The Bureau of Customs is both the country’s first and last line of defense —the first shield against smuggled goods or items that need phytosanitary clearance, among others, and the last barrier to protect, for example, Philippine intellectual property rights or endangered species from being illegally brought outside the country.
And this function has been in place long before the Bureau of Customs that we know now was established 121 years ago today.
Historical records show that the country’s customs service began long before eastern and western expeditionary arrived. Because of its strategic position, the Philippines had a flourishing trade with Southeast Asian countries through the indigenous barter system. Datus or rajahs collected tributes from the people before they engaged in trade. Collecting the levies became part of their culture and the customs law of the land.
Cracking the whip on smugglers
The present-day Bureau of Customs continues to secure the country’s borders while keeping smugglers at bay. Last year was no exception as the bureau, under the leadership of Commissioner Yogi Filemon Ruiz, did not only post a surplus in its revenues but also seized illegal drugs and smuggled goods, including agricultural products, valued at P23.582 billion. Of the total, smuggled agricultural products accounted for P1.226 billion.
The BOC also recorded 107 drug bust operations in 2022, resulting in the seizure of more than P11.953 billion worth of illegal drugs and the arrest of 33 individuals who were turned over to the Philippine Drug Enforcement Agency.
A total of P292.490 million in revenue was also collected from Public Auctions conducted by various collection districts nationwide last year.
Under its Fuel Marking Program, the bureau has marked 17.63 billion liters of petroleum products and collected an estimated P230.89 billion in revenue from January to December, 2022.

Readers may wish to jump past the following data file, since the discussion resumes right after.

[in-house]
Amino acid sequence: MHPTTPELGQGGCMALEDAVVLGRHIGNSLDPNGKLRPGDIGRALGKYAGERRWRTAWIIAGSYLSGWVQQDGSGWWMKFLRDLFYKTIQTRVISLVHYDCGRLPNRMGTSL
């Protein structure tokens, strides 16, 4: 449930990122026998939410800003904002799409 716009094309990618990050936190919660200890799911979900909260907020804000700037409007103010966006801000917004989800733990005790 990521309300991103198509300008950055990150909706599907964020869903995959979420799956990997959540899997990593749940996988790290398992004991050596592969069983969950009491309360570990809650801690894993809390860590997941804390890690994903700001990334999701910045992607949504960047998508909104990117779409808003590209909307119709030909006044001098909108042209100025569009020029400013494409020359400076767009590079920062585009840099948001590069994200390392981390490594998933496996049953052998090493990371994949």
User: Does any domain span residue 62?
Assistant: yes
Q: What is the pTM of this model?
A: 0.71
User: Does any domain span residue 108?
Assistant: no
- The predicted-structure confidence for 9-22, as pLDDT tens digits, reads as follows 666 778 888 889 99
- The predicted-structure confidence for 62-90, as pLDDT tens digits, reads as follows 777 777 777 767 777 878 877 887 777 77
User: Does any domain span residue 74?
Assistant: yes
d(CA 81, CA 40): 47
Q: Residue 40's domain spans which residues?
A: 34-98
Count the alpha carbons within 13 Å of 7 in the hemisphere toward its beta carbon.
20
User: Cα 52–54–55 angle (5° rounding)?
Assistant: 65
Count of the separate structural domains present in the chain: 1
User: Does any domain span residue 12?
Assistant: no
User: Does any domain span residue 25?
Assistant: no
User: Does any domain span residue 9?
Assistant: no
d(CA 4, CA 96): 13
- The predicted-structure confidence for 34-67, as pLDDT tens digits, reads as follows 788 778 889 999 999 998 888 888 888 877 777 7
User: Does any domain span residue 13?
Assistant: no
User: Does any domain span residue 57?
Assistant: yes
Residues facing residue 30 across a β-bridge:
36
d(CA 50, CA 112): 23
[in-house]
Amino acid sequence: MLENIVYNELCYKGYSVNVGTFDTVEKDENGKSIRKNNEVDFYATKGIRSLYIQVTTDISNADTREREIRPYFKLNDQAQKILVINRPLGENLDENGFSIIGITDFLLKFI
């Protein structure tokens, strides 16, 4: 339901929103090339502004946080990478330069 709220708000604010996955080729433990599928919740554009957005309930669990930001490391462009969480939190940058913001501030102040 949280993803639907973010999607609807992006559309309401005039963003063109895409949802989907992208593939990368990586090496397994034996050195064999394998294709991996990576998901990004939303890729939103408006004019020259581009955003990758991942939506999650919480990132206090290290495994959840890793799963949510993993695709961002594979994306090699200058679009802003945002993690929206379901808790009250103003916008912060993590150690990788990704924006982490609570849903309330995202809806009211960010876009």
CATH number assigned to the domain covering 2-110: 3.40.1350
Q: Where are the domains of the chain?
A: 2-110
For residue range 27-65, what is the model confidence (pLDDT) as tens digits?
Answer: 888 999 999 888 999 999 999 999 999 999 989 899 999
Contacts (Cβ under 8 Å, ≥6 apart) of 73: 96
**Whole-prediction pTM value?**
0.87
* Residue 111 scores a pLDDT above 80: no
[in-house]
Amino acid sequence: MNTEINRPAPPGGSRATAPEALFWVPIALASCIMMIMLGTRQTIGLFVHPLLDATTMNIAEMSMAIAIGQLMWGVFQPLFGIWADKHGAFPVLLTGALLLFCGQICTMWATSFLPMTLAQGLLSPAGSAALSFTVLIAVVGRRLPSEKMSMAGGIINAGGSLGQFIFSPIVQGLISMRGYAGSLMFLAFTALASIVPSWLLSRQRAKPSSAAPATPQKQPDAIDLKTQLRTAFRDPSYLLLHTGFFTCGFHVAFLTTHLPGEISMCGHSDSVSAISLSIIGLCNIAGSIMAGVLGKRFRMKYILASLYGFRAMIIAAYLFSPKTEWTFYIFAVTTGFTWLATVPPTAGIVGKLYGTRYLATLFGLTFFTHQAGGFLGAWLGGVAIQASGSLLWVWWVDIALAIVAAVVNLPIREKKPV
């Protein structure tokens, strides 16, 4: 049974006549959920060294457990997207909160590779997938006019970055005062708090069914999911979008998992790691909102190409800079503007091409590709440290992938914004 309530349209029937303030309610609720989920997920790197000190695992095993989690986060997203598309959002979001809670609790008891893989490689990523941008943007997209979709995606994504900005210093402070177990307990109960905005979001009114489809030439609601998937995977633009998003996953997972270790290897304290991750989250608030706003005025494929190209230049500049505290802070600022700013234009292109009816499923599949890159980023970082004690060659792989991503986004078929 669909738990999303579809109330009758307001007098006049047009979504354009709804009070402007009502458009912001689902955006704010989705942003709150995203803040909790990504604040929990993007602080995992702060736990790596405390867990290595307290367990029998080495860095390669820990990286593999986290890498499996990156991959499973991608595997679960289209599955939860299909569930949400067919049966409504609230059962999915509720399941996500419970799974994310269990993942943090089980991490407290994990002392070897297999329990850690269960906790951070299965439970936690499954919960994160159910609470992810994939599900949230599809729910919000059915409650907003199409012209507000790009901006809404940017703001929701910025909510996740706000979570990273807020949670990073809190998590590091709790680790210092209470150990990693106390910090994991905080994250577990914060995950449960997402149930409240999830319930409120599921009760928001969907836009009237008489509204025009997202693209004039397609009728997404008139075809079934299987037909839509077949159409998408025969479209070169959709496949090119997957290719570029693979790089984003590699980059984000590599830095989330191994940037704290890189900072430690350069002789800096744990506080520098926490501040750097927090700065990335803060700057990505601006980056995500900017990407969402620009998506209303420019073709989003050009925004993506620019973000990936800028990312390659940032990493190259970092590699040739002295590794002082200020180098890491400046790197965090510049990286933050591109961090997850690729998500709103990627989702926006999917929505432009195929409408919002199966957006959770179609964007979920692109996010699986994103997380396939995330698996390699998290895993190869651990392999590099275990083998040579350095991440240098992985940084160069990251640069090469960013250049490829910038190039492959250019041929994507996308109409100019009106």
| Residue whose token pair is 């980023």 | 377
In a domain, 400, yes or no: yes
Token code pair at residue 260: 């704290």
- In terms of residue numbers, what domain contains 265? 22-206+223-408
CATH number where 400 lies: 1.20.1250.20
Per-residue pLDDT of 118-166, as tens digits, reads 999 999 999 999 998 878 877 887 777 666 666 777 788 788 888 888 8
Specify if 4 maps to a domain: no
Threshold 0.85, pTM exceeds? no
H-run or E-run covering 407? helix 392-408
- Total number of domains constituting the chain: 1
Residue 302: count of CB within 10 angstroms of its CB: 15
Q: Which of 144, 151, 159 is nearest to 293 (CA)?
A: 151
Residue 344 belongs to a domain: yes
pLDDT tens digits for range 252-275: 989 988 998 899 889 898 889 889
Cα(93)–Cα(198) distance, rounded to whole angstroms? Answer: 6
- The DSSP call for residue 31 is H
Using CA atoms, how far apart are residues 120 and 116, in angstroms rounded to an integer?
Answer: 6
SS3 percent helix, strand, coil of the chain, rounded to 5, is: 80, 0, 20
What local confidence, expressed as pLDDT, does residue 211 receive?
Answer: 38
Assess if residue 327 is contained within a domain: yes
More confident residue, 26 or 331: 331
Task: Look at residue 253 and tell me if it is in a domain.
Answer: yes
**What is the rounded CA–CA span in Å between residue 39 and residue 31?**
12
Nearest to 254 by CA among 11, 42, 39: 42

Pursuing cases, holding people accountable
The Bureau of Customs has also filed 11 criminal complaints against officials of several forwarders before the Department of Justice for failure to lodge the goods declaration or to claim the goods within the prescribed period without valid justification. It has likewise lodged 105 criminal cases before the DOJ against unscrupulous importers and customs brokers for violation of customs laws, rules, and regulations.
Likewise, some 21 administrative cases were filed before the Professional Regulation Commission against errant customs brokers.
The bureau also revoked the accreditation of 298 importers and 106 customs brokers as they were found to have violated the provisions of the Customs Modernization and Tariff Act.
The Bureau of Customs also launched its National Customs Intelligence System (NCIS). The web portal serves as the secure data warehouse of intelligence information from the agency’s intelligence and enforcement offices. The system enables these offices to generate reports with seamless, transparent, and comprehensive decision-making analysis for a more responsive border control policy.
Aside from the NCIS, the agency implemented six other digitization projects in 2022, namely, the Liquidation and Billing System (LBS), Electronic Customs Baggage and Currencies Declaration (iDeclare) System, Raw Materials Liquidation System, E2M-ETRACC Integration, Payment Application Secure 6 (PAS6), and ASEAN Customs Declaration Document (ACDD) System. The digitalization of procedures within the bureau is now at “91 percent” complete.